Connor and I had the immense pleasure and privilege of attending a three day intensive instructors course in Modern Cimande over Friday, Saturday and Sunday.
Led by Guro Ed Wong this was the first extended martial arts course I have attended since before Connor was born.
One of my very first weekends away with my wife when we were first dating was, much to her disgust and shock when she saw what we willingly put ourselves through, an intensive weekend martial arts camp at a beautiful beach resort. That just meant hours of forms in the sand, push-ups in the water and balance training in the waves – not quite the romantic weekend away she had been expecting. Not to mention the twenty or so martial arts guys with us all weekend.
My wife dodged this one (strangely) and it was just Connor and I spending the ultimate boy’s weekend together.
We are both very stiff, sore, scratched and bruised today, but would happily do it all again and in fact are hoping to train more in Canada with Ed next year.
You can’t really understand this training session until you have tried it; the complete panic you feel as you are getting beaten up by a gang of thirteen grown men simultaneously attacking you for three minutes and all very experienced martial artists doing the same instructor’s course. Knowing that the beating will not stop until the time is up and all you can do is try to protect yourself and attack as much as you can to buy yourself some space – but with thirteen people attacking you, that is almost impossible.
I had been looking forward to this weekend since it was announced about six months before and we had signed up pretty much straight away.
I don’t know why, but I enjoy not just picking up new skills, but also the aches and pains involved in learning new martial arts skills and the group bonding that occurs in an intense environment like an instructor’s course.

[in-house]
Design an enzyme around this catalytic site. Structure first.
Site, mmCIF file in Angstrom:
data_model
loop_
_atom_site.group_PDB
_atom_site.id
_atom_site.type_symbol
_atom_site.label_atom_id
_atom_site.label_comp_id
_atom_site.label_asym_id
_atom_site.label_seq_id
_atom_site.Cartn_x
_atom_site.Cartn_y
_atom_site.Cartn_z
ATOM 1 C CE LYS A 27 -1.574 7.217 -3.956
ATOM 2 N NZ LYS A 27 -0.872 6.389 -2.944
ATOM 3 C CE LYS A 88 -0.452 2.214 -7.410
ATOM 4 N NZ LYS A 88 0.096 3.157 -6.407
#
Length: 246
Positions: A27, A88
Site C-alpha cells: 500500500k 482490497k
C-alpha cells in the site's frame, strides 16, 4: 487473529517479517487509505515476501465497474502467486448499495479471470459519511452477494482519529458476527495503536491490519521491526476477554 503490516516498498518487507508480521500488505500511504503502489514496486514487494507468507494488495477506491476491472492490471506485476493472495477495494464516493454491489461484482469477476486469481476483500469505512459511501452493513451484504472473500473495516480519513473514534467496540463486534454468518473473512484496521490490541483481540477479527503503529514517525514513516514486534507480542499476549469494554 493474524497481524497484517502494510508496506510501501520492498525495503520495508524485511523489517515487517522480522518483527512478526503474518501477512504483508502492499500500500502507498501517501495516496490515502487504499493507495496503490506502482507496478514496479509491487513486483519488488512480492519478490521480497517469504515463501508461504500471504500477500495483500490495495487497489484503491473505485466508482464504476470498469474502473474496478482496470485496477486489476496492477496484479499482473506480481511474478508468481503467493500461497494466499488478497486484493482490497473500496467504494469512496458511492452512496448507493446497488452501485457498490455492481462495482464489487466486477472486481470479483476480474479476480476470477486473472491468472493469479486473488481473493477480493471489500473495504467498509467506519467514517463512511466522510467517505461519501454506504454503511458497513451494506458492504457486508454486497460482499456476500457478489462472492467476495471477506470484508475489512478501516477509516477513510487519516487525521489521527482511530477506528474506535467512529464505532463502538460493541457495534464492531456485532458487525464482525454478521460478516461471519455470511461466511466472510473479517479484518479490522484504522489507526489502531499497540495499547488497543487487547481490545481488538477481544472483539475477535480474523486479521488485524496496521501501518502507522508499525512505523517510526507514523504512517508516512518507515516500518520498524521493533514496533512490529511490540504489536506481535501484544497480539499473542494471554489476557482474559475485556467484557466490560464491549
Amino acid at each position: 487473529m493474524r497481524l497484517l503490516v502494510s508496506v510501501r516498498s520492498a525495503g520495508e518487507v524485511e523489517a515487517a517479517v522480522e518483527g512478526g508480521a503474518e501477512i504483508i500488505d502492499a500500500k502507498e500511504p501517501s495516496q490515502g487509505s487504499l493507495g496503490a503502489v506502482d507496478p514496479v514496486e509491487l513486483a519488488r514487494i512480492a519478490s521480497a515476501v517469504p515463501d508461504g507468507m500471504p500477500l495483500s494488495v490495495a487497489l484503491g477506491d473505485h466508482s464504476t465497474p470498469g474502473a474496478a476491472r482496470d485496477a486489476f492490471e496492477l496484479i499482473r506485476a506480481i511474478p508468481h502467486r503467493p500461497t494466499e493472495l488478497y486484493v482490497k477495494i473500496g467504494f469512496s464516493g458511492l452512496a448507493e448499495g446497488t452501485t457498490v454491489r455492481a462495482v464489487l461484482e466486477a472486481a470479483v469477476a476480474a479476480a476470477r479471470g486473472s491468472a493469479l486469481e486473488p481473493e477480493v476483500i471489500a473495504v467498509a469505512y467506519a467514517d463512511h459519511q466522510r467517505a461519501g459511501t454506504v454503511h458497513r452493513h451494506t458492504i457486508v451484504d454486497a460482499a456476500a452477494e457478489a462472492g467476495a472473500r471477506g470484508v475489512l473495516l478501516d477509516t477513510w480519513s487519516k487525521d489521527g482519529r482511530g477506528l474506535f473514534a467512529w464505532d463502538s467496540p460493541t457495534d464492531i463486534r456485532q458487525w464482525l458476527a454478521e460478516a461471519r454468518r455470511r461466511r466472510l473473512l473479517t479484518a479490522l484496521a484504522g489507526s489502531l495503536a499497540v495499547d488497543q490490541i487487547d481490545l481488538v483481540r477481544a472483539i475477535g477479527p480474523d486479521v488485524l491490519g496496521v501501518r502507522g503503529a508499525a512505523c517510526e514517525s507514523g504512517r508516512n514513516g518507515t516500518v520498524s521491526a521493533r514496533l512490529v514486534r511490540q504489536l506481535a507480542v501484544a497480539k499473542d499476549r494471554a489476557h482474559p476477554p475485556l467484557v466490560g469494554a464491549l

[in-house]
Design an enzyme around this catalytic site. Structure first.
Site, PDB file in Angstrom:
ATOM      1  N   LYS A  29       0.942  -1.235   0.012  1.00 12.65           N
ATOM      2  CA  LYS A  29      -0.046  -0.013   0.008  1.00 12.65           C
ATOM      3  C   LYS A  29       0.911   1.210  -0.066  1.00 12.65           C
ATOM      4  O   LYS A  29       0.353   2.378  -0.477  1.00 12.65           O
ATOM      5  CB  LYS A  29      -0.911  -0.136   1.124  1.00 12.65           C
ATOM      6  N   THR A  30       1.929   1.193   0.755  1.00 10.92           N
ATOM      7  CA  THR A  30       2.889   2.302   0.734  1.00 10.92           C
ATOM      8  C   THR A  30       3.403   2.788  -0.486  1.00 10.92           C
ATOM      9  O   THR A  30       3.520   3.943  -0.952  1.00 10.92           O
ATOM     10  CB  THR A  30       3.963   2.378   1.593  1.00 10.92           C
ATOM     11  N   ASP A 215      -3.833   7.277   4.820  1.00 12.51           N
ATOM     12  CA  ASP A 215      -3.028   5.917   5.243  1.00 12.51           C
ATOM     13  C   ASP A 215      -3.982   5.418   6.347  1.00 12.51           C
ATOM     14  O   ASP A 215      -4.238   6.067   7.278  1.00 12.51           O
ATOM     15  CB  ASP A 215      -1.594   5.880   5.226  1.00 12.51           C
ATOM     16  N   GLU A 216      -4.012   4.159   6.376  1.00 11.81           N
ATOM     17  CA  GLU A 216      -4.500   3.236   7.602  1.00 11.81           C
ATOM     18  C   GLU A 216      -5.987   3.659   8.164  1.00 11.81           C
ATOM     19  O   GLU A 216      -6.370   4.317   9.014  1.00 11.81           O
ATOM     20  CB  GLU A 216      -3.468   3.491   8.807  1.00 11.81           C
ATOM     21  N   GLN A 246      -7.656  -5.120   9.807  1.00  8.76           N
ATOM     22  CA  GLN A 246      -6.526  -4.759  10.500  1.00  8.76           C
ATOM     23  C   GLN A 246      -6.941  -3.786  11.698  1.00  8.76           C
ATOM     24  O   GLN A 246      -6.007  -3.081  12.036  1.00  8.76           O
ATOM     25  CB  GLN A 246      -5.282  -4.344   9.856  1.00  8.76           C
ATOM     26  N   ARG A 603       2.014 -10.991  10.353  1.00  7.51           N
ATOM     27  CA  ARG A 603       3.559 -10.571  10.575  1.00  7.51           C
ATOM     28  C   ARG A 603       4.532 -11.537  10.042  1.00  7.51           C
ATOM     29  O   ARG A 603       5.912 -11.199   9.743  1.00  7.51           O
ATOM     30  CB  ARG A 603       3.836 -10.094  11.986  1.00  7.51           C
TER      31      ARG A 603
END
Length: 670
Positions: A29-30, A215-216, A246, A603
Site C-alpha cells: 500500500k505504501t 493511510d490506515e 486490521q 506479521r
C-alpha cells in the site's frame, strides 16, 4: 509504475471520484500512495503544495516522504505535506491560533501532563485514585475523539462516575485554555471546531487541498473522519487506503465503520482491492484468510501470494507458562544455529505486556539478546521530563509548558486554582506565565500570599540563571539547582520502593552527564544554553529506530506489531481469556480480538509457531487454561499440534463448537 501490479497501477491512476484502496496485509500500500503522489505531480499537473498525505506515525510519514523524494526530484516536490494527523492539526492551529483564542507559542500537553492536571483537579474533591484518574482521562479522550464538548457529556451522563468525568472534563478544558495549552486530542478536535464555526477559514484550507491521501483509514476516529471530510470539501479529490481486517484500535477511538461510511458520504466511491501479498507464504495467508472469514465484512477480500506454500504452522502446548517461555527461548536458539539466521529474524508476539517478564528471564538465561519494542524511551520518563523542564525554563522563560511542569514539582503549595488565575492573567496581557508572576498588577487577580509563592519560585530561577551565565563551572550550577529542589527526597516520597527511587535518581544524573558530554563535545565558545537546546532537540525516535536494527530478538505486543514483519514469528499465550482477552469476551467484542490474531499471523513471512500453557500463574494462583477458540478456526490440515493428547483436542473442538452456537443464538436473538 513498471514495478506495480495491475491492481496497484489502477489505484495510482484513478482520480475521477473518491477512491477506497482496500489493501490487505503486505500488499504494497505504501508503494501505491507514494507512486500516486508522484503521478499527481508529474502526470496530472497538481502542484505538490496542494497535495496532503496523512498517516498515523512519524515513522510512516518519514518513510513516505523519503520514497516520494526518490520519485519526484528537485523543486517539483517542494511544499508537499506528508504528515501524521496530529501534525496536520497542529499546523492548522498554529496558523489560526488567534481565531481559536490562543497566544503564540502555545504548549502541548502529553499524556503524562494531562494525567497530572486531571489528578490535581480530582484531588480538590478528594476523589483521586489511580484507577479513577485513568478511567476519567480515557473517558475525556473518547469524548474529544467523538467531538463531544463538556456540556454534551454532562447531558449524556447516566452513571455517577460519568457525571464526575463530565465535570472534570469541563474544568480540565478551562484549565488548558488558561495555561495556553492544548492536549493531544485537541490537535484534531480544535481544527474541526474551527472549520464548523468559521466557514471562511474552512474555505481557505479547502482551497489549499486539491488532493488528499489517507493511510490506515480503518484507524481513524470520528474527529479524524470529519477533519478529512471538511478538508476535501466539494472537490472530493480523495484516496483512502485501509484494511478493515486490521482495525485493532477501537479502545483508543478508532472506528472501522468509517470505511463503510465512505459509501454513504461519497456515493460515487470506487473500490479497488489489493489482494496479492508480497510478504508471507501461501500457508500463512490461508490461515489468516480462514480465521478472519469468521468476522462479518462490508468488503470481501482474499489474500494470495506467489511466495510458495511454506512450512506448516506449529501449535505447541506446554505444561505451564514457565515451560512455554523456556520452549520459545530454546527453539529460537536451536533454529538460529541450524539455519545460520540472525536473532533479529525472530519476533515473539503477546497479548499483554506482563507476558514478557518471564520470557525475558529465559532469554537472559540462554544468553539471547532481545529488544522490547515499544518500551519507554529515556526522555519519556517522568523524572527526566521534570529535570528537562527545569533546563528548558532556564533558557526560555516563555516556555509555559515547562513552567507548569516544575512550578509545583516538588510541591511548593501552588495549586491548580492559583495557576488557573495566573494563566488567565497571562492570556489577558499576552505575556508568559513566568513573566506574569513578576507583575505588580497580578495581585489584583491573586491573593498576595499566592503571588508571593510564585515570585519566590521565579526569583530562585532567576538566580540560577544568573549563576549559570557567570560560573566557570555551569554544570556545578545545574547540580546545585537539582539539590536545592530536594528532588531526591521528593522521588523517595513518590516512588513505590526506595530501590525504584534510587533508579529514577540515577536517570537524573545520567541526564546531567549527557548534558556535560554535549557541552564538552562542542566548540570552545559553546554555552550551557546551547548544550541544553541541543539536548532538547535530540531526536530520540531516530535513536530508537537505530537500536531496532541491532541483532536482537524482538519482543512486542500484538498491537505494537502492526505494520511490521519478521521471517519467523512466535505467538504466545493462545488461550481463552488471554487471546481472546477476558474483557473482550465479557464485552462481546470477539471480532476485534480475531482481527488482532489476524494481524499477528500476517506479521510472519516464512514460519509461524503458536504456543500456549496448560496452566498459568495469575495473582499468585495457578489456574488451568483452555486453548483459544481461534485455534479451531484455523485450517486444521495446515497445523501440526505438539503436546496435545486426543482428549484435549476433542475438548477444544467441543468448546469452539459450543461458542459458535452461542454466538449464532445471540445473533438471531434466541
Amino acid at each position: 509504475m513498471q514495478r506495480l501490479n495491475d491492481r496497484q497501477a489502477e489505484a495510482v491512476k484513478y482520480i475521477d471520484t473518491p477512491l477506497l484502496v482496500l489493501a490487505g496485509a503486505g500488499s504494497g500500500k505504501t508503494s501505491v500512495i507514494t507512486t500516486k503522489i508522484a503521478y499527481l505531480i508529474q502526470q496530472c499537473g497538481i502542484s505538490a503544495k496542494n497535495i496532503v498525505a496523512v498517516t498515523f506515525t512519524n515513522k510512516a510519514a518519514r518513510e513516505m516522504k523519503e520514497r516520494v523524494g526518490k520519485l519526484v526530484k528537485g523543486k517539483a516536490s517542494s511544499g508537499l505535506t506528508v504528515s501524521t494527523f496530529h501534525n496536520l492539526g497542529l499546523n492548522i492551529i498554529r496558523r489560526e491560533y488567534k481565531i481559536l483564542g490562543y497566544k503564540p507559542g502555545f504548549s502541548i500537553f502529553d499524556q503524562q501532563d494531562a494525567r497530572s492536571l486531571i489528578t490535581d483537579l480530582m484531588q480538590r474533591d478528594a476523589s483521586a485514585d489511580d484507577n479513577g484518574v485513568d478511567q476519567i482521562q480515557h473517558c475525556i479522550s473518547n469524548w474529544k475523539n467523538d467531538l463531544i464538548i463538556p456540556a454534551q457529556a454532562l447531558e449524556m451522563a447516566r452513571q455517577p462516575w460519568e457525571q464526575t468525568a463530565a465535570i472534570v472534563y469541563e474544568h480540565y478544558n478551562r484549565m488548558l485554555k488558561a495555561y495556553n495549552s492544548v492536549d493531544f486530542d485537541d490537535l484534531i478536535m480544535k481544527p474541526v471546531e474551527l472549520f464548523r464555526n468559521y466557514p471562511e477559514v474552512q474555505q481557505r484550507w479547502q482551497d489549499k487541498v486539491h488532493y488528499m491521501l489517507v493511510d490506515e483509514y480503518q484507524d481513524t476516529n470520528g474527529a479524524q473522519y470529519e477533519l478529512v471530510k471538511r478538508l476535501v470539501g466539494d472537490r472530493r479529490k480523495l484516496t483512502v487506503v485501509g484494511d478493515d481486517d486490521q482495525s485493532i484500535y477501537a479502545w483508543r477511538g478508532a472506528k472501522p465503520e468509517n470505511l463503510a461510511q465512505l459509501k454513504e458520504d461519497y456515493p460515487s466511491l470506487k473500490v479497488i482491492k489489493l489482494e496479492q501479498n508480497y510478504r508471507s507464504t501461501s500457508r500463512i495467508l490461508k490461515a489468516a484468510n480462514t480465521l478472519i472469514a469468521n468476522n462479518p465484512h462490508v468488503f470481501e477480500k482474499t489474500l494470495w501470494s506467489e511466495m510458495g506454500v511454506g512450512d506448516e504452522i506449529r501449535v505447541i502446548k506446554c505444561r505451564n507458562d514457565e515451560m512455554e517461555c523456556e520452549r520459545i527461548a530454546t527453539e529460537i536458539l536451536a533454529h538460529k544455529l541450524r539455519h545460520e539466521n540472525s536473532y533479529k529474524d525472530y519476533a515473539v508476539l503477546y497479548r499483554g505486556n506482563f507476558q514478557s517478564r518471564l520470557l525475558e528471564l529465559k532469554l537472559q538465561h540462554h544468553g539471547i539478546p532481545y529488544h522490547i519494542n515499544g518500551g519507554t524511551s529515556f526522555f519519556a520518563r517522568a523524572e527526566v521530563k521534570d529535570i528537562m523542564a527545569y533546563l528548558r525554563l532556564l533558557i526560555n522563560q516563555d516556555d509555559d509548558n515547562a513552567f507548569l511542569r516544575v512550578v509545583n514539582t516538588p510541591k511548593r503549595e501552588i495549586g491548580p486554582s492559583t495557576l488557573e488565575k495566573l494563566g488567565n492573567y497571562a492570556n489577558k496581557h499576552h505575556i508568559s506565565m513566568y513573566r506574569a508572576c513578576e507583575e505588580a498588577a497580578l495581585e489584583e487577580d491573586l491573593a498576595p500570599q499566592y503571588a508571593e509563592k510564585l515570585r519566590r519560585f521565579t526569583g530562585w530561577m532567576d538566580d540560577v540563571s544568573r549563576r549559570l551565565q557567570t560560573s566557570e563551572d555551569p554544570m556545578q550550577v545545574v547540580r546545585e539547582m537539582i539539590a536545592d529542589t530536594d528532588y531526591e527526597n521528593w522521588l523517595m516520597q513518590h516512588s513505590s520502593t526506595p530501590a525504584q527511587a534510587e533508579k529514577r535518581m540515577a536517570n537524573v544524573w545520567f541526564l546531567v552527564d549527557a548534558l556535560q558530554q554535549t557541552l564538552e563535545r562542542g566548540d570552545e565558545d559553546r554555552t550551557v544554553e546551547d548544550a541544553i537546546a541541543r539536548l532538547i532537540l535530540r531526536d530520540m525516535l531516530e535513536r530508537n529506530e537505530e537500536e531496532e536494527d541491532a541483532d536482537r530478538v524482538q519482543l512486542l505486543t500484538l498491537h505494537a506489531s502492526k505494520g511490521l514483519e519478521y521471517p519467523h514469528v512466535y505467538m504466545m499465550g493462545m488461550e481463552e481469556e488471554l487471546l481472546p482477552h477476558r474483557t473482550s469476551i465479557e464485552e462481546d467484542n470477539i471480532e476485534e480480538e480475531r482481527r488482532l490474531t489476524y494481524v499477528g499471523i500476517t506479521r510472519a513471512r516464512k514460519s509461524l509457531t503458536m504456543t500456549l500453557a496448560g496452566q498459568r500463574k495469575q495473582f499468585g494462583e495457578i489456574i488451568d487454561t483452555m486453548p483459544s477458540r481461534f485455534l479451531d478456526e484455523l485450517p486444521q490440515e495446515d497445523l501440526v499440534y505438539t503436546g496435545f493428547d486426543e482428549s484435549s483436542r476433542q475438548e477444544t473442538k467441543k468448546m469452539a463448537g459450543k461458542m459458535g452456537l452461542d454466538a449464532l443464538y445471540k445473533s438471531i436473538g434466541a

Mostly, what made this a really special experience for me is that Connor and I were doing this together. He shares my love of martial arts and over the course of the three days I was able to see more clearly what a fantastic young man he is.
If I had known before just how tough the course would be, both mentally and physically, I may not have allowed Connor to attend – as it turned out, I would have been doing him an immense disservice if I had denied him this. Turns out he is much tougher, mentally and physically, than I would have previously given him credit for.
I feel like this weekend I was forced to acknowledge that my son is not a little boy any more, but is clearly a young man.
In the past I have spoken with my brother and other fathers about the old traditions in tribal cultures of rights of passage for young men and trying to recreate this for our sons – turns out that this weekend was that moment for Connor.
As part of the final testing all of the course participants together attack one participant for a full three minutes.
This is not some nice choreographed display where one by one people attack – it is a gang attack (although with experienced guys like were on this course, it is also a surprisingly courteous experience that is not meant to cause permanent injury – bruises, scratches, aches and pains – absolutely). The intention is to force the focus of the attacks into a state of fear and for the focus to master that fear and rely on their training to get them through. It has to be experienced to be understood.
The first time that I got thrown during my turn and lay there on the floor covering up from the kicks and wondering how I was going to get to my feet again, was a scary moment. For Connor, it was even more, being pounded by a group of very big and experienced men. And yet he pushed through, mastered his fear and kept fighting to the very end – in fact he got angry that he was scared and fought back even harder at the end.
I am super proud of Connor for how he handled everything over the weekend. He was a great training partner. He was a source of motivation for me and often of inspiration. He just sucked it up whenever he was hurt, which was often, (at one point having to wipe up streams of blood from a bad gash in his leg from someone’s toenail – which he did without complaint) and moved on with the task in front of us.
Did I mention that he is now one of the youngest qualified Modern Cimande instructors in the world?
I probably tend to criticize more than I praise – but this was a weekend where I found absolutely nothing to criticize about the heart that Connor showed. I am looking forward to attending many more training events with Connor in the future.